• #27975
      Profile photo of Andrew Normand

      Effectively a guide for action. And this could be assembled from sub-bits, all of which are tested (Physics as bricolage: aka physics is simple – we keep on using the same bits over and over).

       

      In fact the mapping from this to the Javascript model, embedded above, looks rather direct…

       

      So sequencing, abstraction, repetition, decision-making..not so hot on the event-based input for this model.

    • #27976
      Profile photo of Andrew Normand

      Hi Ian – sorry, I’d opted to take a step back from this when I realised how much I’d taken on with the evidence-based teaching stuff for the IOP National Teachers CPD Conference 2013. 

       

      I tried to take a look at your attached models above (modelsforrugby.zip), but I’m blocked from accessing zip files whilst in the IOP offices. Which software are they for, or are they for a range of the software you mention above?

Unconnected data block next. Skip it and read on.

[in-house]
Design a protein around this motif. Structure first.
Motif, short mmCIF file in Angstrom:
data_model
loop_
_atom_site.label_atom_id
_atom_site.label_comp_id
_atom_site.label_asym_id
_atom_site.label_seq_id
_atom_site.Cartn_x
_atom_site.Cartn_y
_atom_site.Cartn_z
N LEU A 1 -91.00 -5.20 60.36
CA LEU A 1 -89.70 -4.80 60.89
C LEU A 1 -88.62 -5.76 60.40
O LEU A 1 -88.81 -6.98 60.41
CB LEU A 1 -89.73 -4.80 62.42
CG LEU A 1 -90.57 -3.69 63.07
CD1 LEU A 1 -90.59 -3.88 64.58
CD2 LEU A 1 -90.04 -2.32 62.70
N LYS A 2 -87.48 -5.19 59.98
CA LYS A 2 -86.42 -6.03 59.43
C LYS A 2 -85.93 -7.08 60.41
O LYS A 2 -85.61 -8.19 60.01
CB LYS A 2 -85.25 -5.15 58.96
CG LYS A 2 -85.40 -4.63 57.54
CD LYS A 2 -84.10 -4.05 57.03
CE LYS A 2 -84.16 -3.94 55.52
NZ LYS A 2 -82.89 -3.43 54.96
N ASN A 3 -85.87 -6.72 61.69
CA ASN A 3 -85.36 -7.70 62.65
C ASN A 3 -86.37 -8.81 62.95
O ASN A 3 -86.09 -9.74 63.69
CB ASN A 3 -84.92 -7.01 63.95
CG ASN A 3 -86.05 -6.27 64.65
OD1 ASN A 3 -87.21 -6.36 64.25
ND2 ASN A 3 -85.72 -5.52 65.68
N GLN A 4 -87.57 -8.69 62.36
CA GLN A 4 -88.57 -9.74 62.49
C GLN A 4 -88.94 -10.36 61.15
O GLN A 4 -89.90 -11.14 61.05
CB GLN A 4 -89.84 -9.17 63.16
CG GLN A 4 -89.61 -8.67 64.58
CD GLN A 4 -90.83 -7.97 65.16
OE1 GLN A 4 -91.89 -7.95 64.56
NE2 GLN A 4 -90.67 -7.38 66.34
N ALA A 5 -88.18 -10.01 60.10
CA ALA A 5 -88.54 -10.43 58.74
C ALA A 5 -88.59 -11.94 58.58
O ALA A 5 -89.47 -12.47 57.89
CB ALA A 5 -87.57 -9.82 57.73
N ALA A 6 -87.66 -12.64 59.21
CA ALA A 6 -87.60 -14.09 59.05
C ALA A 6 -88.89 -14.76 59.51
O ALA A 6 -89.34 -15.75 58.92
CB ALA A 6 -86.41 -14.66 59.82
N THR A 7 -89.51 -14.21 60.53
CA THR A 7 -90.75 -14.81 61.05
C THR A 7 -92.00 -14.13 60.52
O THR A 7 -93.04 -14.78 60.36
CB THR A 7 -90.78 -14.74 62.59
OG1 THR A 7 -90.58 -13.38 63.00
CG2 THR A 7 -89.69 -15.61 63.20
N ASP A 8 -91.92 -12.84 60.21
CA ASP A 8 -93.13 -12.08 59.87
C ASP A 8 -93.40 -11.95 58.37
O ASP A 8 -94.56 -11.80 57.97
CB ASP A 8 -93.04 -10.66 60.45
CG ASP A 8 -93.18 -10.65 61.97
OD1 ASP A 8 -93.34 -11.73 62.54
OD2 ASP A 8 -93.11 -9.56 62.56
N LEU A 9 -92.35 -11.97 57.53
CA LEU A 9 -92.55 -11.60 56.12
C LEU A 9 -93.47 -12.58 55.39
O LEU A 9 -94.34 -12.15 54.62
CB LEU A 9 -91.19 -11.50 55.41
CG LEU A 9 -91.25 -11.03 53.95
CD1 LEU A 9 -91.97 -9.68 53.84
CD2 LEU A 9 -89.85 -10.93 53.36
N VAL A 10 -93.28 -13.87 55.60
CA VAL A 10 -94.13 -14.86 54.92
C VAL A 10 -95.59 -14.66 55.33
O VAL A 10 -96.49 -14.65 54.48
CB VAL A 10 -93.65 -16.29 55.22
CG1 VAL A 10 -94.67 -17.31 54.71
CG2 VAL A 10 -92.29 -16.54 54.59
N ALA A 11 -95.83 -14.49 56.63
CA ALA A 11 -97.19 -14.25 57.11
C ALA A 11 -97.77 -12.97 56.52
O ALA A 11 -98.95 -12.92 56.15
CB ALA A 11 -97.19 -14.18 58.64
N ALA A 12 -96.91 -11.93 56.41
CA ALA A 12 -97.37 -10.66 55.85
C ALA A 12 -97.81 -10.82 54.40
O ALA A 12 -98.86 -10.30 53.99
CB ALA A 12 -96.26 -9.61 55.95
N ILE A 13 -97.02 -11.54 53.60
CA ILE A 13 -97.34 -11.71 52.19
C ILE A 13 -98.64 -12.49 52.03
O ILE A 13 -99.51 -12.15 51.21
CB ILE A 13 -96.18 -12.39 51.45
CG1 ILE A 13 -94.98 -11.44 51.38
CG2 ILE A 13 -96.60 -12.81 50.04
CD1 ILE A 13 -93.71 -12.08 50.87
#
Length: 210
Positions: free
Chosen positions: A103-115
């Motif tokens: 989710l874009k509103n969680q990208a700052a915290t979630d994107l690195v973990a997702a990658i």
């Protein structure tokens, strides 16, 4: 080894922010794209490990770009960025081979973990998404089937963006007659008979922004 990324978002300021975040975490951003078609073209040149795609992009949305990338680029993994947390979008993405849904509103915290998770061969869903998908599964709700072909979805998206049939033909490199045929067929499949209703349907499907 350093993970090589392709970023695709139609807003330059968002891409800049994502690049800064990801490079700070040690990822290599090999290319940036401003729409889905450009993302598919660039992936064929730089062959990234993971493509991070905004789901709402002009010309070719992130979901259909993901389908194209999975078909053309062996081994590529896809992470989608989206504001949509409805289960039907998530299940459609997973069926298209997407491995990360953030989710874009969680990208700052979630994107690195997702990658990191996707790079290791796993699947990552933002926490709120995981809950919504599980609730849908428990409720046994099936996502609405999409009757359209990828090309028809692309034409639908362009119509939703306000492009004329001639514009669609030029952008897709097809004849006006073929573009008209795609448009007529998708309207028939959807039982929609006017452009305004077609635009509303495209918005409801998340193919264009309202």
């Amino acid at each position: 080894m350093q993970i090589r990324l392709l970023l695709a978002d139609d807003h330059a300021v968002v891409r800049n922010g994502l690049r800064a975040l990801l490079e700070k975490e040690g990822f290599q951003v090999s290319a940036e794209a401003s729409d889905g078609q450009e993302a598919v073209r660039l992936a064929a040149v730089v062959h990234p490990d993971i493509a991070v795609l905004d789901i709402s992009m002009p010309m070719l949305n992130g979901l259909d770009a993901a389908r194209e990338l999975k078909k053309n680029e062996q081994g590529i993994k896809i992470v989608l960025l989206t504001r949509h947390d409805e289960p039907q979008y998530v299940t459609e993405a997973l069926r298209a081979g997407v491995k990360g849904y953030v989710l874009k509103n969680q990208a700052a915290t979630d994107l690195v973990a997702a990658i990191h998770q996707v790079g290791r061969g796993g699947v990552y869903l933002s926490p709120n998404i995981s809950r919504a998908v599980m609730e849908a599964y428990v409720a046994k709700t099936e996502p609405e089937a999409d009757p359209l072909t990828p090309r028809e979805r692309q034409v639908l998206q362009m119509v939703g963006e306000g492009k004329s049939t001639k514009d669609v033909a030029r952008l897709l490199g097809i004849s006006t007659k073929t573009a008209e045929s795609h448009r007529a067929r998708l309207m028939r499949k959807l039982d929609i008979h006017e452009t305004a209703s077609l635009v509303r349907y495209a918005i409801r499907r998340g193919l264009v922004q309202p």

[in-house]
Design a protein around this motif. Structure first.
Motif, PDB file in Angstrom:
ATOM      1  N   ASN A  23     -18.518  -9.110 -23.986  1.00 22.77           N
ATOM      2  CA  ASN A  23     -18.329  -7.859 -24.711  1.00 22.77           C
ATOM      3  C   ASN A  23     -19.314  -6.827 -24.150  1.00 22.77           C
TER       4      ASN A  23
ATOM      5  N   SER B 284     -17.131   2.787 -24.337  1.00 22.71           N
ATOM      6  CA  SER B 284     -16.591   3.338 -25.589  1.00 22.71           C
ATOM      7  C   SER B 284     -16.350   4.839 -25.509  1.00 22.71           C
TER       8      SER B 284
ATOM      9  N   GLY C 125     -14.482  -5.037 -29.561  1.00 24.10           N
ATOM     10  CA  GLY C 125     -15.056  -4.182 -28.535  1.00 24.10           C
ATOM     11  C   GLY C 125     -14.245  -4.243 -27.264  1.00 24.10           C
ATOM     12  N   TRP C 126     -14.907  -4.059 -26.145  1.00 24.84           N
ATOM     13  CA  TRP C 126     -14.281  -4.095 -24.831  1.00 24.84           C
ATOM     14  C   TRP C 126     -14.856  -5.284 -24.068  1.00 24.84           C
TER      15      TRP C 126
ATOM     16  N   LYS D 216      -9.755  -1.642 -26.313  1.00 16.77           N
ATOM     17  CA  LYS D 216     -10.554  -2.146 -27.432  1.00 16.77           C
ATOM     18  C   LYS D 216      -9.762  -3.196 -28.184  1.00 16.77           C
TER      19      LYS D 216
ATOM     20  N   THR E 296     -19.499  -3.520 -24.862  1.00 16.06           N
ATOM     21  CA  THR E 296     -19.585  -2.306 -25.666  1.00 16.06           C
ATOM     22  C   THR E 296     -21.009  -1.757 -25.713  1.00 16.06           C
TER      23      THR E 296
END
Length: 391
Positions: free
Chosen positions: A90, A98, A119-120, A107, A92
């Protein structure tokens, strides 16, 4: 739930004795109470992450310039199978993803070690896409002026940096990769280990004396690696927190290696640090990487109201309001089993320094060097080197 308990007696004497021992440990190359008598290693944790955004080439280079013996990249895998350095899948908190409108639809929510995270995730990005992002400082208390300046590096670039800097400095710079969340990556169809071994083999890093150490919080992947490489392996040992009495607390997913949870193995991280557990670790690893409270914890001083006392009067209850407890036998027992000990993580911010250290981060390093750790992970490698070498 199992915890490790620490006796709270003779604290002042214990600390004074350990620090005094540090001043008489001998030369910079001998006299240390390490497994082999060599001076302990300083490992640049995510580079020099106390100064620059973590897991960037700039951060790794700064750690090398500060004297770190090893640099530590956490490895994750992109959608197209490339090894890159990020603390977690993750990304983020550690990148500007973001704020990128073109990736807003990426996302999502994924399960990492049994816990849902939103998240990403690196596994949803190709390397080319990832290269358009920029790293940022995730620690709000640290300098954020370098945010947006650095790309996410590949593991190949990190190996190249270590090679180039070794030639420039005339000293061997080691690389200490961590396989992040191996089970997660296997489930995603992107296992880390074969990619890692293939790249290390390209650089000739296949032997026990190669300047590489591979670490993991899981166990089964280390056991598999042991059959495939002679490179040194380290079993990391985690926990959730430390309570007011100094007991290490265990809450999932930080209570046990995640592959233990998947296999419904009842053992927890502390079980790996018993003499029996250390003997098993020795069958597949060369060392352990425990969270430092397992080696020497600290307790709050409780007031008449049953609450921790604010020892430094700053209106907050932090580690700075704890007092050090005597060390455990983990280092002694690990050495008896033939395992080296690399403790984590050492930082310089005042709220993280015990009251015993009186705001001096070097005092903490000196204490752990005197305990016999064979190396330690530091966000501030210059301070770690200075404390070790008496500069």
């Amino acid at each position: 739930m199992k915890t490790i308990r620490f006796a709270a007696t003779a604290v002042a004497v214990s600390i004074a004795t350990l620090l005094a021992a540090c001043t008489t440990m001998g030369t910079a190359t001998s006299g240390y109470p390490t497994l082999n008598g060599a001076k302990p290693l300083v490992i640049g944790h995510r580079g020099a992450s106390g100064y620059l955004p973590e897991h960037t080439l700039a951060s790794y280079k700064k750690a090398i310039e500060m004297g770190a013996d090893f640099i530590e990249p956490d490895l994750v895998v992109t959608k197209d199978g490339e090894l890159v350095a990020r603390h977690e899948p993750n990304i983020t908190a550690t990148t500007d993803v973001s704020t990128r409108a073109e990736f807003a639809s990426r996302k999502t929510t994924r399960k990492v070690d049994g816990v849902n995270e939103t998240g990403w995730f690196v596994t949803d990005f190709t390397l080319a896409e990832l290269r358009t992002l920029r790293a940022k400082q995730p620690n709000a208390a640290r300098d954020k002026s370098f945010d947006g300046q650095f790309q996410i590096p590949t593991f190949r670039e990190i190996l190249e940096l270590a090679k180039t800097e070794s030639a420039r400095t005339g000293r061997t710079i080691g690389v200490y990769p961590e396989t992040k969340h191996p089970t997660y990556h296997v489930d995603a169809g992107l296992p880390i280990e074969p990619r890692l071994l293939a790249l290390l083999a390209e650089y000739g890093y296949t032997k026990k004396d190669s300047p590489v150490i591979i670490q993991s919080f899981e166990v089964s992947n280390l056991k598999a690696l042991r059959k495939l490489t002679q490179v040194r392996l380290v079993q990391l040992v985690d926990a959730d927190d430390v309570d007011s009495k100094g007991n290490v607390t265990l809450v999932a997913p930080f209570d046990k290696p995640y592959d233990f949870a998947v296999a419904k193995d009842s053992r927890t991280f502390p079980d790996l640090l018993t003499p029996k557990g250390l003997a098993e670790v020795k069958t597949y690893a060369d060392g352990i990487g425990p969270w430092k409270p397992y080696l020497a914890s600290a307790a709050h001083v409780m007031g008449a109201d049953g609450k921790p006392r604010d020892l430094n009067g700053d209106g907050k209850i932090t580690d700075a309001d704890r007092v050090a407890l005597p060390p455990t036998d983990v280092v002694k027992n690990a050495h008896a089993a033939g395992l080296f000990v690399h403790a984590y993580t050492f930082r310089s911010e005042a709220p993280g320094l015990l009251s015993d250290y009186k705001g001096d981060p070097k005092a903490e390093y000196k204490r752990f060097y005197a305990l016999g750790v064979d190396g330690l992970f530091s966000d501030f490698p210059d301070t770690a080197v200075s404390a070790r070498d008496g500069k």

• #27977
      Profile photo of Andrew Normand

      Well, rather than starting a new group(!) I’ve started a conversation with myself ahead of the Rugby meeting in June, where I’ve got asked to run a workshop on modelling. The plan is to continue the conversation here after that event.

       

      A pair of models is for VnR and a pair for Modellus, but there’s nothing very clever there – they’re just  as a bit of scaffolding, in case….